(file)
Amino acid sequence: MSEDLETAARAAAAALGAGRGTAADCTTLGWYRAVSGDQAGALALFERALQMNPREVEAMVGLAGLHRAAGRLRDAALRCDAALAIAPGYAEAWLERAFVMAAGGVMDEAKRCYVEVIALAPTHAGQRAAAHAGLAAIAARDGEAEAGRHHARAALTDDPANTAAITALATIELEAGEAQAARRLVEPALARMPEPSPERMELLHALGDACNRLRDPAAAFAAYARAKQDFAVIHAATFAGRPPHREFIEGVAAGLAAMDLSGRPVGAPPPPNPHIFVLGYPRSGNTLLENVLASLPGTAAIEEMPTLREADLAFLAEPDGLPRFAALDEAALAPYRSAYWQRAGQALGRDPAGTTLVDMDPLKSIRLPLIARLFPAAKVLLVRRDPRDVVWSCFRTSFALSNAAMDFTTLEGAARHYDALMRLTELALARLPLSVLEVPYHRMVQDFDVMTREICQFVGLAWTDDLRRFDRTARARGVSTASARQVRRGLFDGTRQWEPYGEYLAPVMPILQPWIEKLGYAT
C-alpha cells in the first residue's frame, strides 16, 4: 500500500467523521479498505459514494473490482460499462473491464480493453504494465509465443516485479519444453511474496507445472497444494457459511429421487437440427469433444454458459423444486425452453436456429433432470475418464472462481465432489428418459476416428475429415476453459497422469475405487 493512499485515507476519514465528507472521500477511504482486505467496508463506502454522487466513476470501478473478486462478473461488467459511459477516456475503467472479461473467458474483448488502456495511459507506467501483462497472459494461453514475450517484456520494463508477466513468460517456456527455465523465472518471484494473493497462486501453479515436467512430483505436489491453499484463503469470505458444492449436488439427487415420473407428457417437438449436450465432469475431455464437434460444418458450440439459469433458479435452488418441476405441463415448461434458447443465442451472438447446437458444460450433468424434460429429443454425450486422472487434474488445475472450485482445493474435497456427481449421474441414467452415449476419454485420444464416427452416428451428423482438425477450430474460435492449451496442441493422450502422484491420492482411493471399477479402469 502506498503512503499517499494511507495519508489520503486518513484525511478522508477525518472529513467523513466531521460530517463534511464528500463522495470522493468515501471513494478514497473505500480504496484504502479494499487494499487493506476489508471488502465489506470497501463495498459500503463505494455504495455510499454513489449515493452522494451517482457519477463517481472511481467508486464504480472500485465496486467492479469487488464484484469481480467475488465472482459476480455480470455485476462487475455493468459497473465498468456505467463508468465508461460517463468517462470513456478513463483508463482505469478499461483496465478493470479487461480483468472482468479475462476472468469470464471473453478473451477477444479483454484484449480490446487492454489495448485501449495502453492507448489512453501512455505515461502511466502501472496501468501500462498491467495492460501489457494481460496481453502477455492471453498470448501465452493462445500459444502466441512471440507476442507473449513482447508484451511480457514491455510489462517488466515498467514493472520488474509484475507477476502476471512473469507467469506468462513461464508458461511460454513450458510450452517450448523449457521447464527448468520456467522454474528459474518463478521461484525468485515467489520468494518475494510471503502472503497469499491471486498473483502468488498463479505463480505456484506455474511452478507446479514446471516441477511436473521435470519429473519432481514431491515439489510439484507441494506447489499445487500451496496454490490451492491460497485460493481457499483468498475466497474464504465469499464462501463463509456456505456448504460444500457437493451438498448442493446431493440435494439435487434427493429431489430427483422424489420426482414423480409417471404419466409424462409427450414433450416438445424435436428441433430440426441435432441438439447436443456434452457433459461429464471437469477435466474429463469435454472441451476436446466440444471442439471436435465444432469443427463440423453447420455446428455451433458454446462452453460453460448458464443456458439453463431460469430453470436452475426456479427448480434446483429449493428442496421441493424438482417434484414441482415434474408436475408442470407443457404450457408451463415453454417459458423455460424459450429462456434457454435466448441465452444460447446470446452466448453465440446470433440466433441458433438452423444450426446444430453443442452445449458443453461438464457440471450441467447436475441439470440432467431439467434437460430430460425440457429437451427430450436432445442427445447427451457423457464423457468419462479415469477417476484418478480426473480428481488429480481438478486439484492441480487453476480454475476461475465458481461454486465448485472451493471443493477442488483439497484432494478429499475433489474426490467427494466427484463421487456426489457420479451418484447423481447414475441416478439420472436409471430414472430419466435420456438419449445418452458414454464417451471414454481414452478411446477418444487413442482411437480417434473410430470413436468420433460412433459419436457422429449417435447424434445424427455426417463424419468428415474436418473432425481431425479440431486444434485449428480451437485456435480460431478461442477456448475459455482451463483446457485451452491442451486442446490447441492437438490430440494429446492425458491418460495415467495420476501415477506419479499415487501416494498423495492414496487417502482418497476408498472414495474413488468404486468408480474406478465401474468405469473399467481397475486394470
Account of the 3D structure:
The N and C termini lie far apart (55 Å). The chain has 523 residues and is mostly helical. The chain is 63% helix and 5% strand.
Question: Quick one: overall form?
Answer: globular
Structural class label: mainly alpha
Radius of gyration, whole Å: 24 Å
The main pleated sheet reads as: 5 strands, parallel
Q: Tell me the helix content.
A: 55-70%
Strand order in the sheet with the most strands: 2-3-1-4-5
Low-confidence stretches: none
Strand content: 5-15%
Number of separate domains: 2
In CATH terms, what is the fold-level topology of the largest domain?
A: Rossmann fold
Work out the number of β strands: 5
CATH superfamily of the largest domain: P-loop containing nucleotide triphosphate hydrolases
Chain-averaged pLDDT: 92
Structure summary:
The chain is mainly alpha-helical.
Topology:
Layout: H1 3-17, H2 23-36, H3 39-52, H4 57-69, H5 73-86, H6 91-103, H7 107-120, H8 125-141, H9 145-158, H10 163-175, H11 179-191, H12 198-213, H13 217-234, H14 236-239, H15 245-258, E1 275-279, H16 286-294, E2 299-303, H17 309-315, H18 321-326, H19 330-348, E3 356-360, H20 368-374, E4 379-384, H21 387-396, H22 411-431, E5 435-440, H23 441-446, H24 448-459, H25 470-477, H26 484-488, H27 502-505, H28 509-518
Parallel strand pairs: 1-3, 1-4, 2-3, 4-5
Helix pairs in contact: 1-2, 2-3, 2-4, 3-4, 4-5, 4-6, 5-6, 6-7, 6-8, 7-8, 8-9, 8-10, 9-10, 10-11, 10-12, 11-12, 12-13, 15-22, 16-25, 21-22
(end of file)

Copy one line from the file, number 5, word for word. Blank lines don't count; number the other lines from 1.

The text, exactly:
Question: Quick one: overall form?